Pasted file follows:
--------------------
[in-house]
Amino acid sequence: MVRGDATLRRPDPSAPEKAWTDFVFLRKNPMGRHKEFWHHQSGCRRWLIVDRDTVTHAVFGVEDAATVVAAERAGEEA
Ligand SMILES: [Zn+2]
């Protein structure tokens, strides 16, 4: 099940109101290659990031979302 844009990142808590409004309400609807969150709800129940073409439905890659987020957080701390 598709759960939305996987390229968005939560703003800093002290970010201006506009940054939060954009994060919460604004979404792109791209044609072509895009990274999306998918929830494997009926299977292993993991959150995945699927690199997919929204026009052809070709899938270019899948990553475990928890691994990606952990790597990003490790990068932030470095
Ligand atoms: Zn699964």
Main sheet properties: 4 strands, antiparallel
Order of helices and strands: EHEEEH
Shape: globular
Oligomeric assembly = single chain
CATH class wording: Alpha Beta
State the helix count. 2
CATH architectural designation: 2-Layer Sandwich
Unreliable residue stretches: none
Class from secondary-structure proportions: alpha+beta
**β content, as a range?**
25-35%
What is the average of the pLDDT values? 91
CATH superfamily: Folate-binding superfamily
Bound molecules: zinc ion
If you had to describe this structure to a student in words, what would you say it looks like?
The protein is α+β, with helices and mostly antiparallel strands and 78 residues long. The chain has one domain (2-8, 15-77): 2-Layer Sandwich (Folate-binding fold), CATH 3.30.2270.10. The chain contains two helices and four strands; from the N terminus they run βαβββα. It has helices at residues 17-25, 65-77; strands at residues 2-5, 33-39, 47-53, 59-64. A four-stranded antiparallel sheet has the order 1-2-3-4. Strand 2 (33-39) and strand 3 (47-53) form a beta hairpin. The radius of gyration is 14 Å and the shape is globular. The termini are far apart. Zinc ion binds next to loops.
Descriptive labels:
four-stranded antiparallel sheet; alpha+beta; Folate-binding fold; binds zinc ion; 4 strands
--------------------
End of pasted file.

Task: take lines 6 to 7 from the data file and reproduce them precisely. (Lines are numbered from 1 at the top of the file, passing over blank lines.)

Main sheet properties: 4 strands, antiparallel
Order of helices and strands: EHEEEH